Hello Blogosphere! My name is Isaiah Frisbie and I am honored to be the writer for Pride and Prejudice. As a freshman myself, I came to Brown with a number of questions, many of which were answered within a matter of weeks while others remain open-ended. Perhaps one of the more enduring questions, one that may continue to be answered throughout the entirety of my Brown career, is how my own sexuality will affect my college experience. So, I have taken it upon myself to use this blog to contribute any kind of insight that I can about LGBTQ life at Brown and hopefully, in some way, help any student, prospective or otherwise, put some of those nagging worries to rest.
I think a common misconception about the college experience is the idea that students are now at a point in their lives where the issues that they typically faced in high school are no longer present. Whether or not this has to do with transitioning into “adulthood” or a supposed degree of maturity that is expected of one’s peers, the idea is that the often tedious and unnecessary problems that plagued many of us in the past are now over. While this can be true in many cases, this idea doesn’t always apply to the more fundamental issues that many of us face, issues that are purely specific to the individual themselves. Examples include confidence building, learning to be assertive, stepping out of one’s comfort zone, and so on.
In my own case, I actually do find that many of the nuisances to which I once gave significance are no longer important. I simply realized that as a college student, I was finally at the cusp of what was to be the beginning of my own life. I don’t have the luxury to be weighed down by issues that I didn’t necessarily have to deal with. In other words, I learned that I didn’t have to be so hard on myself and that it was about time I start accepting myself for the person that I am.
Despite this realization, I have to be honest with myself and understand that I’m still a child. I still have much to learn and there are countless ways I can grow as an individual. Naturally, there are still a few issues that I haven’t been able to shake. One of these lingering worries is my concern with body image. I am not completely happy with how I look and I think I would be lying if I said that it didn’t sometimes affect me. Granted, I am in a much better place than I was a few years ago. However, I’d be betraying my own sense of self-awareness if I tried to claim that I was cured of this daily struggle. Put it this way. One of the first major purchases I made for my dorm room was a scale and I still weigh myself practically everyday.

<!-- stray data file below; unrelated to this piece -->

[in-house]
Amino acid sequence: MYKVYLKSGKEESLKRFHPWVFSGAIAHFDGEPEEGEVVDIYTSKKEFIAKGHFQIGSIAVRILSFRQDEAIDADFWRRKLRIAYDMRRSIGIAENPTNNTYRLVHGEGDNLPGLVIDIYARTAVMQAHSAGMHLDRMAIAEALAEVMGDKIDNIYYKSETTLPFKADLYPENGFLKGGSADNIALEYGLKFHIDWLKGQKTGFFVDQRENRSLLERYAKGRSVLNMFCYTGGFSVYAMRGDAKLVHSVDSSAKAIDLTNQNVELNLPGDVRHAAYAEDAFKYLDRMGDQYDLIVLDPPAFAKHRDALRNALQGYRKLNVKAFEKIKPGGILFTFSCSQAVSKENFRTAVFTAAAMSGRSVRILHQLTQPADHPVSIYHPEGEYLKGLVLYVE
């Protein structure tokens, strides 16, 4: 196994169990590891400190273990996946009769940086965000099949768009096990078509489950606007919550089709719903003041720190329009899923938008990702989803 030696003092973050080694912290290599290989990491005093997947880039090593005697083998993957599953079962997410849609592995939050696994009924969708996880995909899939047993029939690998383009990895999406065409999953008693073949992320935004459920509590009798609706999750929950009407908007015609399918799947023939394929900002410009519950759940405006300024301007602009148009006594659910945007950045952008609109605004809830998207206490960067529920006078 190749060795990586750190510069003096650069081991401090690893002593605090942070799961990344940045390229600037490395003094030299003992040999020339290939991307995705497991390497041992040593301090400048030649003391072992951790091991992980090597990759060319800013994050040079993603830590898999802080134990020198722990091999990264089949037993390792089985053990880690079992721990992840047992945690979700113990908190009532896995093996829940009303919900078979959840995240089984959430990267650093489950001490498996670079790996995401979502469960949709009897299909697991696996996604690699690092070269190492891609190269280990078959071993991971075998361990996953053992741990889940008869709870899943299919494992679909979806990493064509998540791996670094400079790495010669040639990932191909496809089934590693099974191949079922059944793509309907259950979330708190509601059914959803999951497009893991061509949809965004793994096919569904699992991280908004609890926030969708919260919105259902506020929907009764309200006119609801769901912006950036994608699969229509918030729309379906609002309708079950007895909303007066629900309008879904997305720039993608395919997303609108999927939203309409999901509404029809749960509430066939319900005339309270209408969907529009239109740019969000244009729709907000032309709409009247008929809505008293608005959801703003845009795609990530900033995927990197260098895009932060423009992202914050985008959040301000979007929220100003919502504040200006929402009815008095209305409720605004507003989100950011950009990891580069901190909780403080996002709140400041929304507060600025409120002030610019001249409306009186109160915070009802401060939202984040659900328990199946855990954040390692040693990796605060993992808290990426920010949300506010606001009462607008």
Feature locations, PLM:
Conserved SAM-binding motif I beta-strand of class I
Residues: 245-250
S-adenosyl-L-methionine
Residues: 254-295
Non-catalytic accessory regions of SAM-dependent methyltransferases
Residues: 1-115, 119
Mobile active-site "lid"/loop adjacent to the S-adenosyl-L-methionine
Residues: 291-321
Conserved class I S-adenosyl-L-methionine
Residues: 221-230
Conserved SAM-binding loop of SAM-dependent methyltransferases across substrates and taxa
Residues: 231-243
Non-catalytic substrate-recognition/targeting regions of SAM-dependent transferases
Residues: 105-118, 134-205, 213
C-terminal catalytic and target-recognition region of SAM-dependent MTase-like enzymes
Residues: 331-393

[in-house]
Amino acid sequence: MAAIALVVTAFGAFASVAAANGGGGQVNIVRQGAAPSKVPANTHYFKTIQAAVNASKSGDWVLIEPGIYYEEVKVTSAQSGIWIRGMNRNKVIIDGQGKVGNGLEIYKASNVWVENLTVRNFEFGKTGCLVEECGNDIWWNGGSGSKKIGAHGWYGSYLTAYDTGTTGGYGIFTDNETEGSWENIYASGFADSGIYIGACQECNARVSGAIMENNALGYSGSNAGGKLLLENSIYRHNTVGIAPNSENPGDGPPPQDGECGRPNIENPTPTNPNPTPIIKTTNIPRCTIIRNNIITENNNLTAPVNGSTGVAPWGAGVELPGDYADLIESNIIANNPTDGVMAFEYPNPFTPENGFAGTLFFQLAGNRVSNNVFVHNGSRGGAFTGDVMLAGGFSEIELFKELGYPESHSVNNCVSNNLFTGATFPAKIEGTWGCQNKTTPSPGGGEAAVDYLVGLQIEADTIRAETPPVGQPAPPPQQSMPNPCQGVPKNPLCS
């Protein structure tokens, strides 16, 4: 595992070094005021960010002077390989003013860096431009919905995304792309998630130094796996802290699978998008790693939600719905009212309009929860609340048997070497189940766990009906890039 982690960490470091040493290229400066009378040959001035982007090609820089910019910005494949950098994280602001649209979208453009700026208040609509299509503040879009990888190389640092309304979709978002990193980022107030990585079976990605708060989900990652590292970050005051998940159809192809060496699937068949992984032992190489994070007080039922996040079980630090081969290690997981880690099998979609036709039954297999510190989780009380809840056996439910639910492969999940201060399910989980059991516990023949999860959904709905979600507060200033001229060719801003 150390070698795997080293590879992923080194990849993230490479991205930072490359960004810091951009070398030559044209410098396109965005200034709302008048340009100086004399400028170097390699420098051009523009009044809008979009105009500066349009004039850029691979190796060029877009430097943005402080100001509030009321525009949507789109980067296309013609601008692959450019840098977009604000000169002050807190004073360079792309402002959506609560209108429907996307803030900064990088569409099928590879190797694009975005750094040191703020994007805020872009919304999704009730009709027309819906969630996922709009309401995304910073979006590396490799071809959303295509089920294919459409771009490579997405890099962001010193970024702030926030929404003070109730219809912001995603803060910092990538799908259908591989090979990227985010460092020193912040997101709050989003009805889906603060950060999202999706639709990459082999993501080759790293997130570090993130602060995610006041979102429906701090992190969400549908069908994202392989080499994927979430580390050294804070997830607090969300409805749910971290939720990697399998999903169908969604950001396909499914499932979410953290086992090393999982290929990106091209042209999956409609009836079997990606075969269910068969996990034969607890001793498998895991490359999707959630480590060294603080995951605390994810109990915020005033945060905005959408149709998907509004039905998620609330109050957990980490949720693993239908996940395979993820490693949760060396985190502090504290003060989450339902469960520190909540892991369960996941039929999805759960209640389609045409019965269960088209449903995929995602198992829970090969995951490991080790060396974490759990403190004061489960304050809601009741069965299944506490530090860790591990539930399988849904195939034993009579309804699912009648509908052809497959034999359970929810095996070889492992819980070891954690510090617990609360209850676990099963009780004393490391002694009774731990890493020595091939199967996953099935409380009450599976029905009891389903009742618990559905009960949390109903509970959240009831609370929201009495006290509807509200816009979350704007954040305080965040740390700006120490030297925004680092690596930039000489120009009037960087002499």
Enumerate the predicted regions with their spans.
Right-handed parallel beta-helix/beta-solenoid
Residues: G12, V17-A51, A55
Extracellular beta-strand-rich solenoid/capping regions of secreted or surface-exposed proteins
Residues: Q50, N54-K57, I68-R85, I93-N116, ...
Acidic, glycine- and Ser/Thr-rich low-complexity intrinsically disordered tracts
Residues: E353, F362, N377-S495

The point of this story, however, is not leave off on a bad note. Yes, I still have work to do in terms of accepting myself and how I look. There is always room for improvement in any aspect of life. However, do not let this pursuit for improvement consume you. Some days you will eat more than you usually do. Some days you will weigh a little more than you did the day before. This is not the end of the world. Over these past few months, I’ve slowly grown to accept these facts and not overreact. I’ve learned to breathe and tell myself that I am not defined by a number. The idea of body image and body positivity is a very sensitive and important topic in any community and the LGBTQ community is no exception. There is so much pressure to look a certain way because we are aware that it is this kind of appearance that elicits a response. It this kind of look that turns heads.
Well, would you like to know what I have learned in the past few months? Many kinds of looks turn heads. Many looks will inspire a double take. Yes, it’s nice to know that others can and do find you attractive. It’s quite flattering but don’t try to lose weight for someone else. Don’t go to the gym because you think the results will get others to stare. Like I said, there is nothing wrong with wanting to improve. There is a certain value you should place on your body and there’s nothing wrong with wanting to maintain it as effectively and efficiently as possible. On the other hand, such maintenance shouldn’t be done for the sake of someone else. Another person’s attention is not the only form of validation. Improve for yourself. Improve because you will feel better about it. Improve because you’ll feel better about yourself.
If you have any questions, comments, or suggestions about what I should post next, please don’t hesitate to email me at firstname.lastname@example.org.